FILE - In this Sept. 12, 2015, file photo, Jacksonville State quarterback Eli Jenkins (7) scrambles for a first down during the second half of an NCAA college football game against Auburn, in Auburn, Ala. Quarterback Eli Jenkins and his teammates can't he
Butch Dill, File
November 25, 2015

MONTGOMERY, Ala. (AP) The Jacksonville State Gamecocks had Auburn on the ropes.

Taking a big-budget Southeastern Conference team into overtime, even in defeat, was a splashy first step in a season the Gamecocks hope ends with a national title. Two years removed from their second coaching change in as many years, Jacksonville State hasn't lost since that game with then-No. 6 Auburn and is the No. 1 seed entering the Football Championship Subdivision playoffs.

Quarterback Eli Jenkins can't help but think they let one slip away even with all the pats on the back from becoming the first FCS team to take a ranked FBS team into overtime.

''We fought to the end of the game,'' said Jenkins, who is 26-0 as a starter against non-FBS teams. ''We came up short but we showed the world that they play ball in Jacksonville. That's basically what we wanted to do and I think we accomplished that.''

They definitely play ball in Jacksonville, a town of about 12,500 tucked away in northeast Alabama. The Gamecocks (10-1) have a bye this weekend before hosting the Chattanooga-Fordham winner.

They haven't missed a beat even with two quick coaching changes, hiring a pair of first-time college head men. Longtime high school coach and former South Alabama defensive coordinator Bill Clark led Jacksonville State to their first two FCS playoff victories in his lone season before heading to UAB.

Longtime high school coach John Grass, Clark's offensive coordinator, took over. His no-huddle, spread offense has set total yardage records for the Gamecocks three years running - twice topping 6,000 yards for a program that had never reached 5,000 - while winning back-to-back Ohio Valley Conference titles.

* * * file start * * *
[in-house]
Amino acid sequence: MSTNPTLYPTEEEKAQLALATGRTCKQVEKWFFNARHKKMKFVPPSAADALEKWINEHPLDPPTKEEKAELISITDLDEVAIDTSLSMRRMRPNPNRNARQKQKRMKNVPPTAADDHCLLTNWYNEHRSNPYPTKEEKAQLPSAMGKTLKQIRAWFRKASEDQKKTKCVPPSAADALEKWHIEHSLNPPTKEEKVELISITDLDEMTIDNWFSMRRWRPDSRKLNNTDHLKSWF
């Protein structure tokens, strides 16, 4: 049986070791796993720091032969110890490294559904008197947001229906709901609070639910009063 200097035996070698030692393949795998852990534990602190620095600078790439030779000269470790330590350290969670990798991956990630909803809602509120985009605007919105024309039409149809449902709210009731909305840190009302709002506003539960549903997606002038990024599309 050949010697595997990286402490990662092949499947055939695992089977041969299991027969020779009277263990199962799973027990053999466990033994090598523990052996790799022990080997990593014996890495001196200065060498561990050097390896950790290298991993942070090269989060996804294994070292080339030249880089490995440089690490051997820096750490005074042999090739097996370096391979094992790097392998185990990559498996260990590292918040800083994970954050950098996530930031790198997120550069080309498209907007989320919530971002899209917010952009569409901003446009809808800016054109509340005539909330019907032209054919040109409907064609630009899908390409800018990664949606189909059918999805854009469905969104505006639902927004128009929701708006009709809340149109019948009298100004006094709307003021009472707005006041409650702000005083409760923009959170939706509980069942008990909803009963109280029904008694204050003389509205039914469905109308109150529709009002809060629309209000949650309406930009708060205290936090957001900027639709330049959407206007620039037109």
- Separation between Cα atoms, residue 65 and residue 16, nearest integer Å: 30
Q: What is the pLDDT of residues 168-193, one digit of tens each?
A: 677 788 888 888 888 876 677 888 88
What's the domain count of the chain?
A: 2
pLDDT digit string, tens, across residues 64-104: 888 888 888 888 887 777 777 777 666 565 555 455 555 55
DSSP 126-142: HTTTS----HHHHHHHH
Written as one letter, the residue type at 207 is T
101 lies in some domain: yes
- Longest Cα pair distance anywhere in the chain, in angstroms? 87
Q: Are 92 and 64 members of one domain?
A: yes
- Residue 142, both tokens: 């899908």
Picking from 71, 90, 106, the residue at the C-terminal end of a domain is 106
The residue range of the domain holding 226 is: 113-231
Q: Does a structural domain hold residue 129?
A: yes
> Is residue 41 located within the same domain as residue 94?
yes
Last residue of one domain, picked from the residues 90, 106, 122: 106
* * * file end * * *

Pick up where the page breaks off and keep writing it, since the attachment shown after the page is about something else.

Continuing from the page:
''We didn't miss a beat and went right ahead,'' said Grass, who notes that transition is ancient history for this team. ''Those first two years kind of laid the foundation for where we are now, and we're excited about that.''

Jenkins is the OVC offensive player of the year, while Grass (rhymes with boss) received top coaching honors. The Gamecocks, who had four of the five first-team all-conference offensive linemen, have had 18 and 17 players receive All-OVC honors the past two seasons.

The 2014 defensive player of the year, lineman Devaunte Sigler - an Auburn transfer - has missed much of the season with ankle and knee injuries. Grass says he's healthy now.

Jenkins said the Gamecocks felt they had something special brewing even before the season.

''From Day 1, we knew that we had the potential to be a national champion one day, and we worked hard to get to this point,'' he said. ''We don't expect anything less than a national championship.''

Jacksonville State's transformation really started off the field. JSU Stadium underwent a $47 million expansion completed before the 2010 season. The school fired coach Jack Crowe, formerly head man at Arkansas, despite three playoff trips and three OVC titles in 13 seasons.

The program's fortunes have improved under each of his successors.

The 27-20 loss to Auburn is just one of the indicators of that. Jacksonville State's athletic department budget is some $12.9 million, about $1 million less than the Tigers spent on their new scoreboard.

The Gamecocks, who have won their last nine games by an average of 26 points, made $525,000 for the game and came away with a whole lot more from that performance on national television.

''It was a great advertisement for our university,'' Grass said. ''I think it helped our school and our program and the OVC a lot in the way our guys went out and played football that day.''

Then they went back to picking on teams their own size.

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